Being out in the countryside with my dogs gives me time to think. I’ve learnt the pleasure of solitude without being lonely, and that’s a good feeling for me.

Welcome to "Man with two dogs" - the family website for dog owners and dog walkers.

This is my countryside diary which appears each Saturday in the Dundee Courier newspaper.

Ploughing matches

November 6th, 2004

MY TRAVELS sometimes take me far from home and I usually find something interesting to write about. This week I had travelled scarcely two miles and I saw a tractor in a field ploughing the stubble. There's nothing odd about that, but it was an old 1963 Fordson Super Major tractor pulling an even older two-furrow plough.

I stopped the car and watched what in fact was practise ploughing in readiness for the ploughing matches that will soon be taking place across the countryside. It's not like going into a field and ploughing it from start to finish. Competitors plough two small squares on which they are judged.

It seems to me to be a very gentle pastime – I don't think either the competitors or the spectators get too out of hand. I've never heard of the police being called to keep the crowds in order, and after a small restorative dram the most that might get flung in the air is somebody else's cap!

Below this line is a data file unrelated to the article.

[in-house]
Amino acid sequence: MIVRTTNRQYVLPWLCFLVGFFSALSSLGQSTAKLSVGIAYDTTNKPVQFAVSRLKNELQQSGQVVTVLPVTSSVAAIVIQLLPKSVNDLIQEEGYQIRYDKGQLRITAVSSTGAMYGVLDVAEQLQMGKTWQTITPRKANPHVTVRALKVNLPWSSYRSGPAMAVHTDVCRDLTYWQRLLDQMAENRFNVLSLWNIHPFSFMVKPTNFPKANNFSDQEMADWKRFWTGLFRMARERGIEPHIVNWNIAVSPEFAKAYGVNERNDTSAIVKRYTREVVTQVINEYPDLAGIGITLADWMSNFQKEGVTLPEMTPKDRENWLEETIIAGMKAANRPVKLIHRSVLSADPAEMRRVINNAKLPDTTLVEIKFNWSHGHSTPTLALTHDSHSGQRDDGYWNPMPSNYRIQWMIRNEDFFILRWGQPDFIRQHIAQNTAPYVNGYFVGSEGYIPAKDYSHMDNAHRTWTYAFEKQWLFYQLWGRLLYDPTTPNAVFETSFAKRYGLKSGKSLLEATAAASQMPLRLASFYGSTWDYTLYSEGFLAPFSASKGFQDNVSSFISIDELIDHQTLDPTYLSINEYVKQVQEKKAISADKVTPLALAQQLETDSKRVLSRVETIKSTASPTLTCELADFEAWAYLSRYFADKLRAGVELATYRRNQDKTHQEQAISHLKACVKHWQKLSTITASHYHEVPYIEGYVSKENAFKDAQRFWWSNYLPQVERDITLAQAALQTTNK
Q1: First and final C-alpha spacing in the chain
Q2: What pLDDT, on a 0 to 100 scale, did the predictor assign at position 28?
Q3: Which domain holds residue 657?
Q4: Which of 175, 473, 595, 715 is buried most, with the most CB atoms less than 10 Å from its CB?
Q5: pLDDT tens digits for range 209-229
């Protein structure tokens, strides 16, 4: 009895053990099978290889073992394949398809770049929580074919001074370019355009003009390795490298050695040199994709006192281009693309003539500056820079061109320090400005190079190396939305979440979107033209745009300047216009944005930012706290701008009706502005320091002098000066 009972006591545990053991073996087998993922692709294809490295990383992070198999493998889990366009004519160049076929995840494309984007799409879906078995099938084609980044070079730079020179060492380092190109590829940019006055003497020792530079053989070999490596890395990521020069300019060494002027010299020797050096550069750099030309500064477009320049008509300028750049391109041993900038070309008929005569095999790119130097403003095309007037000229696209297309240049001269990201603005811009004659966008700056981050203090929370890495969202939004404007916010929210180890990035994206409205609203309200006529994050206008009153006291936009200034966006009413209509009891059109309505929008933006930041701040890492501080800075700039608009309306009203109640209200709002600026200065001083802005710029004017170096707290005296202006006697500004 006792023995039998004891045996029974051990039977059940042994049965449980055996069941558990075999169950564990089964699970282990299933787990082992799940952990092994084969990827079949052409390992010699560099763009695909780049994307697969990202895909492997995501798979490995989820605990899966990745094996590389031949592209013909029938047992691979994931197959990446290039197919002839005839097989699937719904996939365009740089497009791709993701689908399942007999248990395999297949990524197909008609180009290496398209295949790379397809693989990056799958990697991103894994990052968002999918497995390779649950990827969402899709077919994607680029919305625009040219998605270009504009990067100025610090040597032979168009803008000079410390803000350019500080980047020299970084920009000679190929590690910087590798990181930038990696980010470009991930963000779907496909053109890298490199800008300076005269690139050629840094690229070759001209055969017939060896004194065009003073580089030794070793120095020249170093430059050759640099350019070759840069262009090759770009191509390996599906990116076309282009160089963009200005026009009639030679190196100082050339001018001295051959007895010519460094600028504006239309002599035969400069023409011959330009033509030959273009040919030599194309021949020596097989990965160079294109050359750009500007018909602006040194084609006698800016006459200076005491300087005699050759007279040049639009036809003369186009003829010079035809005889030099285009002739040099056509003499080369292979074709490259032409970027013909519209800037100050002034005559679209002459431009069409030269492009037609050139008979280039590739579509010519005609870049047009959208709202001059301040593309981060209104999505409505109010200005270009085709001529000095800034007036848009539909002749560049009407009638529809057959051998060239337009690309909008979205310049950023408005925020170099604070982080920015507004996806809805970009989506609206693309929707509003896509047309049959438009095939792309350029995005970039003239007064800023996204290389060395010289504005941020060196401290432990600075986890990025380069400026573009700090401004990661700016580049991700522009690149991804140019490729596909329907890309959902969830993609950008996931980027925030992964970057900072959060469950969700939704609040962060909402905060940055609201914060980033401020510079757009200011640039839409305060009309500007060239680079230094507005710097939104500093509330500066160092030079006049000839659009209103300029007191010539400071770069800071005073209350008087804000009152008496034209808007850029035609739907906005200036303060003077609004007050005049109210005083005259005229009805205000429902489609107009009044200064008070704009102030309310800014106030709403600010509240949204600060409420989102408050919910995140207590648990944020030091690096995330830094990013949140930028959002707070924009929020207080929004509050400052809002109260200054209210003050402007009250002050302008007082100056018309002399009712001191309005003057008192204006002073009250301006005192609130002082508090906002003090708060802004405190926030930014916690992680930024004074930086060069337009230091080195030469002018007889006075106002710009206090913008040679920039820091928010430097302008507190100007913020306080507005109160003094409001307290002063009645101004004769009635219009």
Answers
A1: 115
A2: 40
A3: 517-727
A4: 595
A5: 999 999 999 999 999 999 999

I'm sure that like any practical accomplishment there is as much skill goes into competitive ploughing as into any other activity. As you would expect, it has its own vocabulary and phraseology. I'm not sure I understand it all but I'll do my best to explain.

You start with the  feerin', which is the drawing of the first furrow by each competitor to open up the piece of ground allocated to him. Eight  tops' or furrows are ploughed on the first square, and the ploughman then  skells out', or moves to the next higher numbered square on his left, and repeats the process.

Judging is based on how even, level and straight each furrow is ploughed. The  ins' and  outs' are also judged to see how uniform the start and finish of each furrow is. And of course the overall impression of the finished job is taken into account.

I expect the setting of the plough blade, to ensure it cuts surely and cleanly into the earth, must be fairly critical. And ploughing at a deliberate, steady speed doubtless contributes to an even finish.

I've only ever attended one ploughing match, at Ratho just west of Edinburgh, when I was about fourteen and at boarding school. I remember very little about it now, except that there were as many horse drawn as tractor drawn ploughs, and it bucketed with rain all afternoon.

I had joined the Young Farmers' Club because most of its activities were outside visits, which meant at least an afternoon away from school. Another major benefit was that mothers of young farmers, whose farms we would visit, understood entirely the need to feed growing lads as much as they could stuff into themselves.

I recall still, with great pleasure, dining room tables bow-legged with mountains of food which disappeared with miraculous speed and healthy appreciation.